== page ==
Wednesday, July 3, 2013

The Foundations of the Anglican Church XXVI

As stated in the previous post, the chief challenge facing the new Tudor dynasty after Henry VII Tudor seized the Crown from Richard III, was creating the political stability that would bring an end to the dynastic struggled that had divided England throughout the fifteenth century. 
The major threat to Tudor power and the peace of the realm came from the old nobility.  The peerage was comparatively small.  Many of the noble titles had become extinct when their holders had perished in the One Hundred Years War with France or in the subsequent dynastic Wars of the Roses. Others had lost their titles for being on a losing side as the Crown shifted back and forth during the struggles between the Lancastrians and Yorkists.  Sometimes titles were restored; sometimes they weren’t.   In 1500, there were the Dukes of Norfolk, Buckingham, York, and Cornwall—but these later two were held by the heir to the Crown and so were royal title as differentiated from title of nobility.  That leaves two dukes among the nobility.  The remainder of the peerage consisted of approximately one marquess, ten earls, three viscounts, and seventy barons. 
The nobility was a small group but very proud of their family lineages and anxious to preserve their traditional power and influence.  Henry Tudor, on the other hand, was anxious to centralize power in the Crown in order to create a modern English nation state out of the competing and rival feudal holdings.  It was a time when Kings in France and Spain were consolidating royal power at the expense of the old nobility and Henry Tudor was a man with his eye on the future. 
An important tool in the balance of power between King and nobility was the Church.  The nobility sat in Parliament as the House of Lords.  But they were not the only members of that august body.  Two archbishops and fourteen bishops also sat as Peers.  They were joined by approximately forty-five abbots and mitered priors.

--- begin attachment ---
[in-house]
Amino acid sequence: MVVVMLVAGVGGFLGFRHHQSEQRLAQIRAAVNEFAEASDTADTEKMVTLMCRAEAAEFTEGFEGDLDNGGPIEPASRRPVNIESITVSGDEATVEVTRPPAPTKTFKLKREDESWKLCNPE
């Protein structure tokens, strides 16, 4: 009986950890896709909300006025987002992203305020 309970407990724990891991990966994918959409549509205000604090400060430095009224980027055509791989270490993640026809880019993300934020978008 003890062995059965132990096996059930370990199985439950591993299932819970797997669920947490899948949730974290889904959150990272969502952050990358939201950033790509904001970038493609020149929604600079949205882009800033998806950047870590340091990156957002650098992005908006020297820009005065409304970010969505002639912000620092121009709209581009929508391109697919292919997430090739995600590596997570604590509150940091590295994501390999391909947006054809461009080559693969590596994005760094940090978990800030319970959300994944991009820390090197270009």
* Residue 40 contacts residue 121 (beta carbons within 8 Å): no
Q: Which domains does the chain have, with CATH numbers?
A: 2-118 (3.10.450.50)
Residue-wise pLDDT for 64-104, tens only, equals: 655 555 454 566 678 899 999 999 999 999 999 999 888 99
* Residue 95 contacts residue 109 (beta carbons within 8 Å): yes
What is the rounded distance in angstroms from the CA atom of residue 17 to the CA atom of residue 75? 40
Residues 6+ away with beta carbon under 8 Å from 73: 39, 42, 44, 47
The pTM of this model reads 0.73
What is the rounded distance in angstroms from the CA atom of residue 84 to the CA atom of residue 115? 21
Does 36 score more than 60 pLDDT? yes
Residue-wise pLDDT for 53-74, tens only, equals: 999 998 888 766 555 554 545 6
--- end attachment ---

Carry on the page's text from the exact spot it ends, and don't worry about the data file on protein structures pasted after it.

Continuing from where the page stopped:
The nobility found that while their legislative role increased, their personal power diminished during the reign of Henry VII and this made them restless.  They wanted to preserve the old feudal order and could not understand Henry’s vision of an English nation.  Henry, for his part, was anxious to compete with the major European powers which were the Spain, Portugal, and France.  As France was a long-time foe of England, he decided to throw his lot in with the emerging nation of Spain—then a confederation of the Kingdoms of Castile (ruled by Isabella) and Aragon (ruled by her husband, Ferdinand.)  Henry was anxious to marry his older son, Arthur, to Katherine, the daughter of Ferdinand and Isabella.  This would not only cement an alliance of England with the rich and powerful Iberian Kingdoms, but Katherine would bring a heavy dowry to England—something that the cash-strapped Henry could use as he tried to develop his realm, all but impoverished by a century of war, into a modern nation state.  On November 14, 1501 Arthur and Katherine were married.  The dowry was 200,000 crowns worth about ₤85,000.  Now, ₤85,000 was a fortune in 1501.  This was a world in which a well to do merchant might earn ₤100 a year and live handsomely on that.  It is never precise to convert money over a five hundred year span because it is a question of buying power rather than exact conversions.  But let us say that a merchant could live comfortably on   ₤ 100 a year and that today a businessman to have a comparable life would need an income of $85,000.00.  That would render the value of Catherine’s dowry at approximately seventy million modern dollars.  In fact, it was probably worth much more as it exceeded the annual income of the English Crown in 1501.  Henry could not afford to lose this dowry.  But it would ultimately demand a high price. 

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